Here is a picture of my backyard:
As you can see, I like to grow a few plants. And those plants need water.
During the last long weekend of July 4th, I decided to install a watering system for those plants.
When I looked at what was available at the hardware store, I saw two options: 1/4 in hoses and 1/2 in hoses. Not being too sure which one I should pick, I decided to do some simulation first.
To begin, I did a bit of googling to find out that the typical household pressure is usually between 40 and 60 PSI. Based on experience, I know that filling a 1 gallon watering container takes about 6 seconds, so I decided to simulate that first, to ensure my simulation was in the correct order of magnitude. Good news, it is:
The Real System
Having good confidence that my simulation would be realistic, I drew my setup using a series of Hydraulic Pipeline LP, where LP stands for Low Pressure.
On the house, that would look like the following, where I drew a yellow line for a main hose, and green lines for smaller sections going directly to each plant.
In each block, I specified the radius and length of each section:
Along with the elevation, to include the effect of gravity:
My first simulation with all the system made of 1/4 in pipes showed that I would get only 2.2 GPM of water coming out of the faucet... this means that it would take forever to water my plants, and that the last one farthest from the faucet would get no water.
To improve things, I thought about making the main line with a 1/2 in hose, and then tap into it using short 1/4 in hoses to reach each pot. This time, I got 10 GPM at the faucet, which is more acceptable. However, there was one problem. The first plant as receiving a lot more water than the last one.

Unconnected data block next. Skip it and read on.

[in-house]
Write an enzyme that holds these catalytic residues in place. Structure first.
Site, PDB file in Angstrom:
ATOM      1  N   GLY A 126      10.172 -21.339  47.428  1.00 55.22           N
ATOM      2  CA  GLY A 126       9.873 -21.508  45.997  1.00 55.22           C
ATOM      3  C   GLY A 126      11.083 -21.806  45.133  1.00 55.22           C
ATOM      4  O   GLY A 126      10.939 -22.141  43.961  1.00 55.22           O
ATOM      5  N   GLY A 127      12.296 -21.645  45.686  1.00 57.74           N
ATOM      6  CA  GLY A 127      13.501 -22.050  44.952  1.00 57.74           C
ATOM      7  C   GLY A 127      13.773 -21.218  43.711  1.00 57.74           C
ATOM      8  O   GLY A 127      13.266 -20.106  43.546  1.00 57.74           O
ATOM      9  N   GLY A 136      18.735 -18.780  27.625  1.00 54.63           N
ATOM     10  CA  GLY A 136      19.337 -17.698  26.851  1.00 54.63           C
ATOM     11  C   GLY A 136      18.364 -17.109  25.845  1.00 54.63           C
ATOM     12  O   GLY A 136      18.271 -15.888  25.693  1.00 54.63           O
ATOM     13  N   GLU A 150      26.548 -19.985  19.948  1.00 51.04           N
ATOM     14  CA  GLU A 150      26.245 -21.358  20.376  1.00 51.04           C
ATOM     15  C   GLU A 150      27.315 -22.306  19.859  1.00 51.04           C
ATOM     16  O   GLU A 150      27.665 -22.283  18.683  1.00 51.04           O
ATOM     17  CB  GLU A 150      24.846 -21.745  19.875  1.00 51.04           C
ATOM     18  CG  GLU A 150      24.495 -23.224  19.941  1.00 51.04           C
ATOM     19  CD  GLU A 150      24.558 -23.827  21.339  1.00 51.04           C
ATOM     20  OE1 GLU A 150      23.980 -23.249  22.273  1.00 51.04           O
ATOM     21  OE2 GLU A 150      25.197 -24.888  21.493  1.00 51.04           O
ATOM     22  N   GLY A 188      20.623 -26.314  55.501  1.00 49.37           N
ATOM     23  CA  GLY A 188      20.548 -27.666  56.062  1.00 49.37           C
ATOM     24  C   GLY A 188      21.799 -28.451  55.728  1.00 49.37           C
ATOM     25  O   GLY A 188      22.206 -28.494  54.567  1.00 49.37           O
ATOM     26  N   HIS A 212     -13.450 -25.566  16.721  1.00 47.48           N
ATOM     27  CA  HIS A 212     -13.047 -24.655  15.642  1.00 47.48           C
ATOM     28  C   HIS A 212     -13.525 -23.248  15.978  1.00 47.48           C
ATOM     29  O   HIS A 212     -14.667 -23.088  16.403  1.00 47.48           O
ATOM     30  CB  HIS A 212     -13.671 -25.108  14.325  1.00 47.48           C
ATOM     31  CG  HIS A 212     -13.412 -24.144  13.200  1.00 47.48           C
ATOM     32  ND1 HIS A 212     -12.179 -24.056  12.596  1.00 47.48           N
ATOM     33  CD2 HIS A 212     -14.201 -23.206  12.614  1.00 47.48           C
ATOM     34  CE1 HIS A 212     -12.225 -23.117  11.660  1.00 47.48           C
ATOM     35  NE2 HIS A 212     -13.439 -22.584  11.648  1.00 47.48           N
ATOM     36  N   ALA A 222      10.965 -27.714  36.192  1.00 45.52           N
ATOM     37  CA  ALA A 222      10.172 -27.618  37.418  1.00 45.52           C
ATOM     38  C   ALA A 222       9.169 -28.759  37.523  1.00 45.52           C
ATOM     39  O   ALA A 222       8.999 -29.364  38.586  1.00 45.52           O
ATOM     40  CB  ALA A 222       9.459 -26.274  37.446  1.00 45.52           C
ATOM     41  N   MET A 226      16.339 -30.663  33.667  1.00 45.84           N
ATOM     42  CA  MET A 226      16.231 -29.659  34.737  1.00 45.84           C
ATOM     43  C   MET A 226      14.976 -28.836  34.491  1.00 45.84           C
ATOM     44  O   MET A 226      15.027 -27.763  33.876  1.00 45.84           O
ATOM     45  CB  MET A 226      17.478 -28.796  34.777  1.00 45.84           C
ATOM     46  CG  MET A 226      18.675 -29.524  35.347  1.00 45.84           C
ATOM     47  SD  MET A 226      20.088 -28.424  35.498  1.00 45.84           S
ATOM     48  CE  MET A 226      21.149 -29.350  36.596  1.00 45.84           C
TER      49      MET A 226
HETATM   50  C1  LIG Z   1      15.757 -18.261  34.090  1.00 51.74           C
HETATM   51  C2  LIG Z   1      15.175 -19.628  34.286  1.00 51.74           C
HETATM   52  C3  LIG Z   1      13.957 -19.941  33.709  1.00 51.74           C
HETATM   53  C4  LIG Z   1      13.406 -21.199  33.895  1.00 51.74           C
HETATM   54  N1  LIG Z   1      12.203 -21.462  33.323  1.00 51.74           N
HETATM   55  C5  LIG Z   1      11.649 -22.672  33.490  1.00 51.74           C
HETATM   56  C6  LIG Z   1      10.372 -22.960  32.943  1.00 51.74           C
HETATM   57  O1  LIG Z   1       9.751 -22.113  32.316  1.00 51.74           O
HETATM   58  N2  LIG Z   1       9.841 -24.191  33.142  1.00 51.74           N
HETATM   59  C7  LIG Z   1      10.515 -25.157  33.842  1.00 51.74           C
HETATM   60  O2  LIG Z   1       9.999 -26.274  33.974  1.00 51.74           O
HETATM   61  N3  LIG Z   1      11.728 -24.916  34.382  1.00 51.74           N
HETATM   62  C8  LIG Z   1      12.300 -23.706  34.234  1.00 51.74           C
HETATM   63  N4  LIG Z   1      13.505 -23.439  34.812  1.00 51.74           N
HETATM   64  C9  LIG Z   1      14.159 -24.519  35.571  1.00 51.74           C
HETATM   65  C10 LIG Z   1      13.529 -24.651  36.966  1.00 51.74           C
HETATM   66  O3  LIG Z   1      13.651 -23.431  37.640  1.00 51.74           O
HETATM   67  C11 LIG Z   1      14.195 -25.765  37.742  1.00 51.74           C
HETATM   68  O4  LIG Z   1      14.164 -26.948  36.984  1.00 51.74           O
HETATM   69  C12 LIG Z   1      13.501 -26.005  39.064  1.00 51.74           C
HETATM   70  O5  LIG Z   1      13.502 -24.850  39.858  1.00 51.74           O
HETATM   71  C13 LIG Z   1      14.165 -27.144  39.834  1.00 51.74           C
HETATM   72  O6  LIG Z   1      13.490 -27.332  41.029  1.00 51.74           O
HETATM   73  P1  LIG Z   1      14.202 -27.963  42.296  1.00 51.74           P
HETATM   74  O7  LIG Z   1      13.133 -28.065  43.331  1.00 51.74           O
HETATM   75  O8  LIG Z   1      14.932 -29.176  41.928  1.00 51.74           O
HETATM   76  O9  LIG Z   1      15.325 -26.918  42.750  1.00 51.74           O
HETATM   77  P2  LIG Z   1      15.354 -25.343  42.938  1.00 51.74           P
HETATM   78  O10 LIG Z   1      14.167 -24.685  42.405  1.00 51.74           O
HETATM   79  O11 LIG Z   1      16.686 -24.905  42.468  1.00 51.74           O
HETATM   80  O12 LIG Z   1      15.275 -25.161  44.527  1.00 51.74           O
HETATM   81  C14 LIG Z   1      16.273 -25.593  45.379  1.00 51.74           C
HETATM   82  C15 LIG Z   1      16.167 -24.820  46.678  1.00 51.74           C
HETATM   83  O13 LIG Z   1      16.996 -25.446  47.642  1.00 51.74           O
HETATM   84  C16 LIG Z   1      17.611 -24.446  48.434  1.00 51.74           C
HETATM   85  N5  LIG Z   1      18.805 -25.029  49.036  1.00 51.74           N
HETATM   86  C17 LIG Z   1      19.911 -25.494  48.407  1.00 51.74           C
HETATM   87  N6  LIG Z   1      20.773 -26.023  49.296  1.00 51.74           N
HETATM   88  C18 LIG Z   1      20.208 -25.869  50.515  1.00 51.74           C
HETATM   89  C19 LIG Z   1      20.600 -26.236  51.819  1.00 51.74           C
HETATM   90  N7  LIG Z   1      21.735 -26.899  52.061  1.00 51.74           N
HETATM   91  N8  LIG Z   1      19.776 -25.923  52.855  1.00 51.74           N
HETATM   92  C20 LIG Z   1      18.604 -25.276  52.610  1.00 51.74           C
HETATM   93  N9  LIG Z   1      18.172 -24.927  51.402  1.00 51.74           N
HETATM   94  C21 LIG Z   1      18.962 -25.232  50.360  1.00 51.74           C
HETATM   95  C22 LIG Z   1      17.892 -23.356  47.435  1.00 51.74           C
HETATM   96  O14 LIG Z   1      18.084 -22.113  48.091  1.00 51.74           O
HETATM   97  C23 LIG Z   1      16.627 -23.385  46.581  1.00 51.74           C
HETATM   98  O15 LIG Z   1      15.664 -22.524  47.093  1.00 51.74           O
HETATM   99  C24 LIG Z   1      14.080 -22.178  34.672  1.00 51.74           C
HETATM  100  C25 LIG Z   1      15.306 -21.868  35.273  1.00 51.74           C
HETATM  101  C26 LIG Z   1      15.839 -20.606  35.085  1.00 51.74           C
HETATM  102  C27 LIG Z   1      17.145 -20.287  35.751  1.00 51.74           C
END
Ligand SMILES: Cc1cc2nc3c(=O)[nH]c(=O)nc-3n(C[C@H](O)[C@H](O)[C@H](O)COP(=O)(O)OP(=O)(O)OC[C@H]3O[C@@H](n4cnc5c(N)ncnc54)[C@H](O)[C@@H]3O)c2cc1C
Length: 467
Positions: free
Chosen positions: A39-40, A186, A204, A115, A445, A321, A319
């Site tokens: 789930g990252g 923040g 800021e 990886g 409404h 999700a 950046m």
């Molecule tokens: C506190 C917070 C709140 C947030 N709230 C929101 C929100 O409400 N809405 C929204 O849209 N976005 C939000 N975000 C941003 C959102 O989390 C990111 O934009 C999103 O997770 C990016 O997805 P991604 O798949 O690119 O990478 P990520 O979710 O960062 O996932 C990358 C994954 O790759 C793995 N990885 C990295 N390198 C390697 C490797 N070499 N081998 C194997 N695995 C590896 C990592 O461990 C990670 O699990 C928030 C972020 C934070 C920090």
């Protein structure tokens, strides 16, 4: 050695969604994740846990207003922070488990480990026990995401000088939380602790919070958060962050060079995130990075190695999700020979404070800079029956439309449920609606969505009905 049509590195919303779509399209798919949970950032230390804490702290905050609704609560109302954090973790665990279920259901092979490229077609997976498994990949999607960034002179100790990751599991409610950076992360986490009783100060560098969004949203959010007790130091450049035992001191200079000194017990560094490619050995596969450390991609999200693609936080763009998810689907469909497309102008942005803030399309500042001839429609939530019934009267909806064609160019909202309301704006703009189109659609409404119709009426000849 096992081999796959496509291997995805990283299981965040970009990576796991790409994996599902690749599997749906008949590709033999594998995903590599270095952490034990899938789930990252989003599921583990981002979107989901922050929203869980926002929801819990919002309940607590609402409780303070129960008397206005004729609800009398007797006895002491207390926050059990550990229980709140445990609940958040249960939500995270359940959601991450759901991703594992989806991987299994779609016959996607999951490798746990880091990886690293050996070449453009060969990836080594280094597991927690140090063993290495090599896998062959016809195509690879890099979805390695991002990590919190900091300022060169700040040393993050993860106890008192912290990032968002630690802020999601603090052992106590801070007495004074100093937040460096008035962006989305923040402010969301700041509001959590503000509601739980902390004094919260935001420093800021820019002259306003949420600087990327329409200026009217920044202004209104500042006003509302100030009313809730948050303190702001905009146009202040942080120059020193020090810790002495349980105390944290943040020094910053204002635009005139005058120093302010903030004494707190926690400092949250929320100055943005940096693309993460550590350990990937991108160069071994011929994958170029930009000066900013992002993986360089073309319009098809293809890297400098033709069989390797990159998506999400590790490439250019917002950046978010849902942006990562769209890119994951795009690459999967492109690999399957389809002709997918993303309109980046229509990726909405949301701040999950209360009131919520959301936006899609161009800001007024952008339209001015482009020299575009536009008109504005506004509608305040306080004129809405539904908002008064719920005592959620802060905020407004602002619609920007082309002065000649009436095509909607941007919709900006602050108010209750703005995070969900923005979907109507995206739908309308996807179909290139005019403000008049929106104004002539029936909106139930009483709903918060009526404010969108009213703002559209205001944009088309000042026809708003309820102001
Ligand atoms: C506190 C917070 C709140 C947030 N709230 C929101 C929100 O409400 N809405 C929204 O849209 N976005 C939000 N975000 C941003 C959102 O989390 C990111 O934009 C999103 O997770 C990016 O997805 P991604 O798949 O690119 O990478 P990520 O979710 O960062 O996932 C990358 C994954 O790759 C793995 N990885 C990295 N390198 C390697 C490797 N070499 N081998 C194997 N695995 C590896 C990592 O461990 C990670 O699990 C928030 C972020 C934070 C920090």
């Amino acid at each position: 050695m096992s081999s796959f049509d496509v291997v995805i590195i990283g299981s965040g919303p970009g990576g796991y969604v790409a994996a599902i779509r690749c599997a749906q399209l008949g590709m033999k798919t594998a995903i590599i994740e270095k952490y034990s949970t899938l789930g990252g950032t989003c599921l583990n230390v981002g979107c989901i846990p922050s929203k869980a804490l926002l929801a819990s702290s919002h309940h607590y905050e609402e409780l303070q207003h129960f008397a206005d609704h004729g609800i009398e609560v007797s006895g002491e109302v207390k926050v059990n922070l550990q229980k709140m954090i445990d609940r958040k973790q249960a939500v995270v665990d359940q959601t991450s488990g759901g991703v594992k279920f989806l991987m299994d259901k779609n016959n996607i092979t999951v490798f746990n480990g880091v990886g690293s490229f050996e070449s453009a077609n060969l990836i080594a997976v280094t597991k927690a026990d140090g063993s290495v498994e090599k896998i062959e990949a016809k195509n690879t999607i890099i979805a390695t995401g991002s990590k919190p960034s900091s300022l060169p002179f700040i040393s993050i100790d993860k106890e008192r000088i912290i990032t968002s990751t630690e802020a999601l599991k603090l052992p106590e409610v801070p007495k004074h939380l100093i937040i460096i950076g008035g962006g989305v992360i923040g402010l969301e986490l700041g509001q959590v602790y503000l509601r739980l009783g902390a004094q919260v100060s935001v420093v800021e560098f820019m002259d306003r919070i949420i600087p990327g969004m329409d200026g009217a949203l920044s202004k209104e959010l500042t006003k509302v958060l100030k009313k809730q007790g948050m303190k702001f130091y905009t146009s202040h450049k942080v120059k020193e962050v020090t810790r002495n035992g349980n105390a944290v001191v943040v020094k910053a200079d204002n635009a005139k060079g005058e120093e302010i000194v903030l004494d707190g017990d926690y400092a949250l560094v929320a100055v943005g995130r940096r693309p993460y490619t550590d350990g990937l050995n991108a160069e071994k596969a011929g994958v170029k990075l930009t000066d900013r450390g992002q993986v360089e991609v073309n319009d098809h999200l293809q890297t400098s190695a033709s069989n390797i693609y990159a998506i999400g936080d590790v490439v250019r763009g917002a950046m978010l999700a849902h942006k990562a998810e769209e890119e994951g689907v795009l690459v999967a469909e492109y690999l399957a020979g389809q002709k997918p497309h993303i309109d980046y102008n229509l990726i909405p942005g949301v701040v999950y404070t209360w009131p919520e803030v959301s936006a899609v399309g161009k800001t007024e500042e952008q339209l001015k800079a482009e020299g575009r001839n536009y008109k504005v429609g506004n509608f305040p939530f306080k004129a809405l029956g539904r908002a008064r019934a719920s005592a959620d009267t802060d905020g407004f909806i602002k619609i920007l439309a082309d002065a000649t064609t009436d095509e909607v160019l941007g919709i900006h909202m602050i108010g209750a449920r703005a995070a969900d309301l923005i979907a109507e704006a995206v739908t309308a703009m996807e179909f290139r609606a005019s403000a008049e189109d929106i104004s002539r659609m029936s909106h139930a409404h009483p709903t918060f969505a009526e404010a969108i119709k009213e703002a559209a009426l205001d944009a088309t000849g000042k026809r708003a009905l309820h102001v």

To fix that, I will need to add adjustable nozzles to restrict the flow on the closest plants.
To simulate those, I added an orifice to the end of each hose. By leaving the last nozzle fully opened and making the orifices smaller as I was getting closer to the faucet, I could get a roughly equal flow rate on all nozzles, and keep the flow rate out of the faucet close to 10 GPM.
With confidence, I drove to the hardware store, bought everything I needed, installed the system, and now I can sit back and look at my plants being watered!
Now it's your turn
Share with us how Simulink helps your summer vacation by leaving a comment below.
コメントを残すには、ここ をクリックして MathWorks アカウントにサインインするか新しい MathWorks アカウントを作成します。